The National Weather Service will begin sending severe weather warnings to smartphone owners in the path of a dangerous storm. The NWS’s new Wireless Emergency Alerts system will be able to warn Americans about impending weather, even if they are not watching television or listening to the radio. The system will notify people about approaching tornadoes, hurricanes, typhoons, tsunamis, flash floods, extreme winds, blizzards and ice and dust storms, the Associated Press reported.

Warnings will come in the form of a free text message that will be no more than 90 characters and will be sent to “late-model smartphones” that will then sound a special alert and vibrate.

“These alerts will make sure people are aware of any impending danger and provide them with the information needed so they can be safe until the threat is over,” said Amy Storey, spokeswoman for CTIA-The Wireless Association, the trade group that helped set up the system.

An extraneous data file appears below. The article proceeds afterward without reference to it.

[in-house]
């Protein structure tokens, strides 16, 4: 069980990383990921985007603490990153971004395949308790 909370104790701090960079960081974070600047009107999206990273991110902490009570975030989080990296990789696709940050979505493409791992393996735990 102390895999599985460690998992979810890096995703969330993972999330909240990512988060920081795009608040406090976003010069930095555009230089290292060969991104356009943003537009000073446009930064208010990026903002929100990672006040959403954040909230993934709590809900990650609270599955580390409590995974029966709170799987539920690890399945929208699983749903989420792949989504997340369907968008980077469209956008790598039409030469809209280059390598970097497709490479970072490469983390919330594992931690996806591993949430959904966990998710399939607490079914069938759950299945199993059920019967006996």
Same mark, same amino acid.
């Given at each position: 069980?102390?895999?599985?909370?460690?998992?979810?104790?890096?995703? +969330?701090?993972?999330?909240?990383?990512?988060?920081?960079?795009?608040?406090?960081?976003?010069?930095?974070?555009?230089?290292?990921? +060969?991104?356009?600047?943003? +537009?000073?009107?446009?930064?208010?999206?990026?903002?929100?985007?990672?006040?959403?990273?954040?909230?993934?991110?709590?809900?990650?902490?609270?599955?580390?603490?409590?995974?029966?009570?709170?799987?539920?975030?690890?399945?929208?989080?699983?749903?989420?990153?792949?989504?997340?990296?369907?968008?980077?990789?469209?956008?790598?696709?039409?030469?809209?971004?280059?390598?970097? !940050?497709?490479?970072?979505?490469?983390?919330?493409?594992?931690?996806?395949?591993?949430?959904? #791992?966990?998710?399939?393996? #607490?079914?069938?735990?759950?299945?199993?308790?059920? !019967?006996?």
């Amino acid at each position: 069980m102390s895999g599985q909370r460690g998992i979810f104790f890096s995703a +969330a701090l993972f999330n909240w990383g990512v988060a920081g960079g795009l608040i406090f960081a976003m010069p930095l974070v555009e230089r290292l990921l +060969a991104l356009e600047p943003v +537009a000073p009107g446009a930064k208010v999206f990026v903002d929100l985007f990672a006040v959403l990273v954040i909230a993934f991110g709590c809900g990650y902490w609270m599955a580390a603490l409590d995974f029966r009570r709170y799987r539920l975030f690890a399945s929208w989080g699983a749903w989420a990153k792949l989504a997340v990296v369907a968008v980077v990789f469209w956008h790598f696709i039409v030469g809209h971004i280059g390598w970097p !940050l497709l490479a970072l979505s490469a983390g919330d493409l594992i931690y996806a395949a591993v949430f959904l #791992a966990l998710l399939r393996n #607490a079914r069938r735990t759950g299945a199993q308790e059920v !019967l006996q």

Verizon, Sprint and T-Mobile will offer the service nationwide, while AT&T will only offer it in New York City, Washington, D.C. and Portland, Oregon. AT&T said it has plans to add additional markets in the future. Apple will support the service this fall, although it is unclear if older iPhone models will be supported.


Dan joins the BGR team as the Android Editor, covering all things relating to Google’s premiere operating system. His work has appeared on Fox News, Fox Business and Yahoo News, among other publications. When he isn’t testing the latest devices or apps, he can be found enjoying the sights and sounds of New York City.